In 2017, Canadian Blood Services in collaboration with the Canadian Critical Care Society, the Canadian Society of Transplantation, and the Canadian Association of Critical Care Nurses hosted a two-day consensus forum in response to patient-initiated and practitioner requests for guidance on organ and tissue donation after medical assistance in dying (MAiD). Medical, legal and ethical experts, as well as patient and family partners, were brought together and developed guidance to help organ and tissue donation organizations, administrators, policy makers, and health care teams navigate clinical issues surrounding organ and tissue donation by patients who choose to donate their organs and tissues after MAiD or the withdrawal of life-sustaining measures (WLSM).
The 2019 publication, Organ and Tissue Donation for Medical Assistance in Dying and Other Conscious Competent Patients: Expert Guidance for Policy, makes several key recommendations, including:
The Supreme Court of Canada decriminalized MAiD in 2015, and Parliament passed Bill C-14 to outline the procedures and eligibility criteria for MAiD in Canada in June, 2016. In October 2020, the Quebec Superior Court found that one of the eligibility criteria outlined in Bill C-14 was incompatible with the original decision of the Supreme Court of Canada. Accordingly, the Minister of Justice and Attorney General of Canada introduced Bill C-7, which proposed a series of changes to the Criminal Code’s provisions on MAiD to align with this decision, and to address some additional concerns with the procedures outlined in the original Bill C-14. The proposed changes follow extensive consultations with Canadians, experts, practitioners, stakeholders, Indigenous groups, provinces and territories, and an online questionnaire that received over 300,000 responses.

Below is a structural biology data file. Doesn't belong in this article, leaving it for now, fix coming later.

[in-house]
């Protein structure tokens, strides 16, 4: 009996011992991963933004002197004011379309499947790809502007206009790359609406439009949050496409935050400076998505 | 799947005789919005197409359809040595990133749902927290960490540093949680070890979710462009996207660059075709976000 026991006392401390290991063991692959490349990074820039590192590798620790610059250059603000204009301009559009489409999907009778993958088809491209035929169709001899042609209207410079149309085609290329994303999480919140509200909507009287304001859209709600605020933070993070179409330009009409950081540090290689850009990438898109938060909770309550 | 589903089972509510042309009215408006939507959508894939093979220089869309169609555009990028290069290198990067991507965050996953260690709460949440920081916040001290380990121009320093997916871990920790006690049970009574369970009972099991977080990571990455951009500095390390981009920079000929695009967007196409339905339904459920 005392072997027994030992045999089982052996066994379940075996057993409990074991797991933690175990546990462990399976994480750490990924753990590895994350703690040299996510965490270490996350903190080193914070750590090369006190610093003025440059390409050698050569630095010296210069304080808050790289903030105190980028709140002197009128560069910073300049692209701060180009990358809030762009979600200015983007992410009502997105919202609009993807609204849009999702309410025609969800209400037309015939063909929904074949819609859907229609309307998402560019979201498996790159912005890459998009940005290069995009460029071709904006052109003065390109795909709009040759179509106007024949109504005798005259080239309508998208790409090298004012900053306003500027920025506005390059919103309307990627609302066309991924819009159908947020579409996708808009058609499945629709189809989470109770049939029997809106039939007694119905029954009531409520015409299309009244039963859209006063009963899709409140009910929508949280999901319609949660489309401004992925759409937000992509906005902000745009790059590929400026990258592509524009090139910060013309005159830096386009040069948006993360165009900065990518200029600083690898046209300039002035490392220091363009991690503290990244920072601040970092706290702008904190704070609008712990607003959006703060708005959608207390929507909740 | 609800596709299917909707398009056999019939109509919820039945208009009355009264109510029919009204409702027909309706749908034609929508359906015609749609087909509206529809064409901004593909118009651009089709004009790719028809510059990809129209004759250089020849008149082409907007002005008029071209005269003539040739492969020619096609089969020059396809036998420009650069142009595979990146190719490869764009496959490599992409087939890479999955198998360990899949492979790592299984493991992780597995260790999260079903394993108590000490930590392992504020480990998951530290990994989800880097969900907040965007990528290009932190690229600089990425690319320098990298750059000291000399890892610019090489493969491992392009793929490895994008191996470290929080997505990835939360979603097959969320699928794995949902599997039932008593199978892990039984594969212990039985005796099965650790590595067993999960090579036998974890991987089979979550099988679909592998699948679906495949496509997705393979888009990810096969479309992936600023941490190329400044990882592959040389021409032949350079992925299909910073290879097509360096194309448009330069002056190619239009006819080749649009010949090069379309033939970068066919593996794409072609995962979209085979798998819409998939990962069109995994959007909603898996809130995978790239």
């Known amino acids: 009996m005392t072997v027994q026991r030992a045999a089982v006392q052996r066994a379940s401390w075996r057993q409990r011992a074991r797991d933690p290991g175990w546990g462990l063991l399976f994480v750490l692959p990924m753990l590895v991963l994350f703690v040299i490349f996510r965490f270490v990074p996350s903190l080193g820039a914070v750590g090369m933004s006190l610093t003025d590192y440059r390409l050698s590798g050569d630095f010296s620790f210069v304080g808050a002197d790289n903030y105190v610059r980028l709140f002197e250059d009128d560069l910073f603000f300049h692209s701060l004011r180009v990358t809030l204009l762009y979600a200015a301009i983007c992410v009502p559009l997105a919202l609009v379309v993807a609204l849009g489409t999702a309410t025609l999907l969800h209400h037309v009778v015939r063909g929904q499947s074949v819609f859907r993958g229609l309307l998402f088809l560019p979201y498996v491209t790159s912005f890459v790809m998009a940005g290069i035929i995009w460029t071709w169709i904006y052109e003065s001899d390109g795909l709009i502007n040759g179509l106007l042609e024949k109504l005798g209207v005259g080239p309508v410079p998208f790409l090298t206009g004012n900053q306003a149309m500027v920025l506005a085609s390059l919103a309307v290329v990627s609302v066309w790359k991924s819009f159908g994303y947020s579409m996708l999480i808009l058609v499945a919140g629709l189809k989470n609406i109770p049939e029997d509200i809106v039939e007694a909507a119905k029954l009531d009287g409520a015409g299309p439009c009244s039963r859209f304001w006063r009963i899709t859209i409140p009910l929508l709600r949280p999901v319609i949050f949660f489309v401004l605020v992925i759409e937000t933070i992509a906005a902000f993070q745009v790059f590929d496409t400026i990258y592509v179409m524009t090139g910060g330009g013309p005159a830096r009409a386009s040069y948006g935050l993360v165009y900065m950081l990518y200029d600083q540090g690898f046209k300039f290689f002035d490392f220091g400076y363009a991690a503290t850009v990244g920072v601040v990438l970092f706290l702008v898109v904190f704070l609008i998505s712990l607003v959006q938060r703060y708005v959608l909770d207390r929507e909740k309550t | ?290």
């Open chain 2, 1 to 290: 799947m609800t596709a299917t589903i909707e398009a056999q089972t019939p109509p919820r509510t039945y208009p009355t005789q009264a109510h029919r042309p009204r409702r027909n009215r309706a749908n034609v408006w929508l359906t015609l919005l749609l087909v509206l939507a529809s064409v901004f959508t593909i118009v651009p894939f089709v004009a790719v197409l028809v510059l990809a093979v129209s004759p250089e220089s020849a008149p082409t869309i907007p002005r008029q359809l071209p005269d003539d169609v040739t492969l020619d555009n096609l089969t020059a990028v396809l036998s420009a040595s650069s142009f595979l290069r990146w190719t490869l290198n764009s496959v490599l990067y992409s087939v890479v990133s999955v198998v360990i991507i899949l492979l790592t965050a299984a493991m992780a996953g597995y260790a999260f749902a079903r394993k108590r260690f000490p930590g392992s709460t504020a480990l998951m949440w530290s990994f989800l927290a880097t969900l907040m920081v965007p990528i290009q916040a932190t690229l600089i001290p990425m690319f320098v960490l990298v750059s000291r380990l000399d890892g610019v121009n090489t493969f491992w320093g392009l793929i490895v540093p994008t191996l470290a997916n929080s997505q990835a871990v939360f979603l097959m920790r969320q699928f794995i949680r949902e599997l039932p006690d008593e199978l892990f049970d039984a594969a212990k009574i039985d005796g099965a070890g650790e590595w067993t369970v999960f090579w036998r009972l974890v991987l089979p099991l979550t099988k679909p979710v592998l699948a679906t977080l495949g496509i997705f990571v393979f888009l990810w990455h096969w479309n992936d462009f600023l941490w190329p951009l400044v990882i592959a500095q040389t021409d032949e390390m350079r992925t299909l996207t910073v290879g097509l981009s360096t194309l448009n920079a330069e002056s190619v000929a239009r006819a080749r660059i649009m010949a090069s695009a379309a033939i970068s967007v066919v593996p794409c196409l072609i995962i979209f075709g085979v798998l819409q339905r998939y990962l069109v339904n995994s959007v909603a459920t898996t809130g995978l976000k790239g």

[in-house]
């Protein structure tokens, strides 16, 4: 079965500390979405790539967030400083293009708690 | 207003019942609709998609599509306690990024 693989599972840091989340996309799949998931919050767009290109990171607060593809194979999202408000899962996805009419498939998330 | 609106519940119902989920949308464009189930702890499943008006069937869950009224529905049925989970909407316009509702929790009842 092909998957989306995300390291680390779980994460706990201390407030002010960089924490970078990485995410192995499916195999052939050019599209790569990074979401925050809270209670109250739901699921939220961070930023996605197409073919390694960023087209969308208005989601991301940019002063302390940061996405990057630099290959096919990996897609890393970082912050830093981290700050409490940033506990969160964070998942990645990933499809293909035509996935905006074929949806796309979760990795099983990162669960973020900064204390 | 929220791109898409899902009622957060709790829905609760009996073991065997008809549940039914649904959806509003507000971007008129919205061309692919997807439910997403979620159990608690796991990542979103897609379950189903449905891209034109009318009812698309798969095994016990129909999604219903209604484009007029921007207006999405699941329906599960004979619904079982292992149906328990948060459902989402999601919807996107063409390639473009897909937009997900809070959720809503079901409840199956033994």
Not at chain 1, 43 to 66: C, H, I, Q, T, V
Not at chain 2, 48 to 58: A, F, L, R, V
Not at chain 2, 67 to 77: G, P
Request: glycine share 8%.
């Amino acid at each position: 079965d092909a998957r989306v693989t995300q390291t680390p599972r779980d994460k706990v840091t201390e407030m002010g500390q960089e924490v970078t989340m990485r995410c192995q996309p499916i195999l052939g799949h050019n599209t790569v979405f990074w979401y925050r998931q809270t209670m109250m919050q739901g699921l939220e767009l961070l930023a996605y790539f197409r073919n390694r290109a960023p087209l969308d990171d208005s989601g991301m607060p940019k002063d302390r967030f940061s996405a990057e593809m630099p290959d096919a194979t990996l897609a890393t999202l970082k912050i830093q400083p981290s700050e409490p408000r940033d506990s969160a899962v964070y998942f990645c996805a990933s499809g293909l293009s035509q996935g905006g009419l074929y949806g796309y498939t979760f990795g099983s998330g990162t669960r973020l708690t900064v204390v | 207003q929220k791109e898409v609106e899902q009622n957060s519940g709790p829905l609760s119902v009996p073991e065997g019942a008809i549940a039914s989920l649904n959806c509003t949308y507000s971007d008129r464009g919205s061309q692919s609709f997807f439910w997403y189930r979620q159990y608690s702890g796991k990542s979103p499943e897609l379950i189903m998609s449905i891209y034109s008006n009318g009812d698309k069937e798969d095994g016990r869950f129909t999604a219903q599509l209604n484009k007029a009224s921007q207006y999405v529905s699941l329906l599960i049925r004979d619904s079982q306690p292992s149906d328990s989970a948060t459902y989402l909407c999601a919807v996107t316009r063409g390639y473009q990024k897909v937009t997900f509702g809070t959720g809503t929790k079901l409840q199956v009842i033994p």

In summary, the Bill proposed the following Criminal Code amendments to the MAiD regime:
In response to the legislation changes outlined above, Canadian Blood Services assembled a group of medical, legal and ethical experts, as well as patient and family partners, to examine the legislation changes and it s impact on organ and tissue donation practices. In particular, the group will examine the potential impacts of advance consent and loss of capacity prior to MAiD and donation. The group will not focus on issues surrounding eligibility to MAiD. The group will also use this opportunity to examine other emerging issues related to MAiD and donation, including directed donation, donation following MAiD at home, national data collection, knowledge gaps and future research questions. Based on the expert deliberations, the current guidance for policy will be updated, as necessary.
Stakeholders came together for a virtual forum in June of 2021. An executive summary of the report is available here. A pdf copy is available upon request in English and French. Contact firstname.lastname@example.org to request the full report.
A second meeting took place in April 2022.
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Downar J, Shemie SD, Gillrie C. Deceased organ and tissue donation after medical assistance in dying and other conscious and competent donors: guidance for policy. CMAJ 2019 June 3;191:E604-13. doi: 10.1503/cmaj.181648